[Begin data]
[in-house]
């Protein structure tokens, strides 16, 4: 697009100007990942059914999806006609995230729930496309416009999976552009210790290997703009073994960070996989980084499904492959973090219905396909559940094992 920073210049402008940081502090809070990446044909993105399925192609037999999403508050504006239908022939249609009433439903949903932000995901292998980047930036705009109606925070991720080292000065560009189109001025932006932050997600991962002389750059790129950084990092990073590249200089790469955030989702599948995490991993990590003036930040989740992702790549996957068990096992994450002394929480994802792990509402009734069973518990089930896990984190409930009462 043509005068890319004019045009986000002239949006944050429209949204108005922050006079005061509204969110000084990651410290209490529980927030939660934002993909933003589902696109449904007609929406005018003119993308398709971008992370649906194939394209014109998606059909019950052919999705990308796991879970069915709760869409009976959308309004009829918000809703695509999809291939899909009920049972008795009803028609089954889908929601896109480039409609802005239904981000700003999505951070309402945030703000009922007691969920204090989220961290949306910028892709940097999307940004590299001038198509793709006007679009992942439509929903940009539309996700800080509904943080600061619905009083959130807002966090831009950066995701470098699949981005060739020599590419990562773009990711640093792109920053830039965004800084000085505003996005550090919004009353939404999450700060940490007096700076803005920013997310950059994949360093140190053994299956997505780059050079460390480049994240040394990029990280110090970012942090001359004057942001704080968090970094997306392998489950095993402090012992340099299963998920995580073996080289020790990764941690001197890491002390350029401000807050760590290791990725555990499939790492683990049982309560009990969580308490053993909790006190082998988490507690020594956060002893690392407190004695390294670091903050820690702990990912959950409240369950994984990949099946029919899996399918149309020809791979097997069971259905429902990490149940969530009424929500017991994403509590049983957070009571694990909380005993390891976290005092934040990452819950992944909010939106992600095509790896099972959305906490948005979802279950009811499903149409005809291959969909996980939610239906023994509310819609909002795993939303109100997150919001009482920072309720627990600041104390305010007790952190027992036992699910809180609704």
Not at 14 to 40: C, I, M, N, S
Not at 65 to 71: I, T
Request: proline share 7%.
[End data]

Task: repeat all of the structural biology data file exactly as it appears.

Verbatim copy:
[in-house]
């Protein structure tokens, strides 16, 4: 697009100007990942059914999806006609995230729930496309416009999976552009210790290997703009073994960070996989980084499904492959973090219905396909559940094992 920073210049402008940081502090809070990446044909993105399925192609037999999403508050504006239908022939249609009433439903949903932000995901292998980047930036705009109606925070991720080292000065560009189109001025932006932050997600991962002389750059790129950084990092990073590249200089790469955030989702599948995490991993990590003036930040989740992702790549996957068990096992994450002394929480994802792990509402009734069973518990089930896990984190409930009462 043509005068890319004019045009986000002239949006944050429209949204108005922050006079005061509204969110000084990651410290209490529980927030939660934002993909933003589902696109449904007609929406005018003119993308398709971008992370649906194939394209014109998606059909019950052919999705990308796991879970069915709760869409009976959308309004009829918000809703695509999809291939899909009920049972008795009803028609089954889908929601896109480039409609802005239904981000700003999505951070309402945030703000009922007691969920204090989220961290949306910028892709940097999307940004590299001038198509793709006007679009992942439509929903940009539309996700800080509904943080600061619905009083959130807002966090831009950066995701470098699949981005060739020599590419990562773009990711640093792109920053830039965004800084000085505003996005550090919004009353939404999450700060940490007096700076803005920013997310950059994949360093140190053994299956997505780059050079460390480049994240040394990029990280110090970012942090001359004057942001704080968090970094997306392998489950095993402090012992340099299963998920995580073996080289020790990764941690001197890491002390350029401000807050760590290791990725555990499939790492683990049982309560009990969580308490053993909790006190082998988490507690020594956060002893690392407190004695390294670091903050820690702990990912959950409240369950994984990949099946029919899996399918149309020809791979097997069971259905429902990490149940969530009424929500017991994403509590049983957070009571694990909380005993390891976290005092934040990452819950992944909010939106992600095509790896099972959305906490948005979802279950009811499903149409005809291959969909996980939610239906023994509310819609909002795993939303109100997150919001009482920072309720627990600041104390305010007790952190027992036992699910809180609704």
Not at 14 to 40: C, I, M, N, S
Not at 65 to 71: I, T
Request: proline share 7%.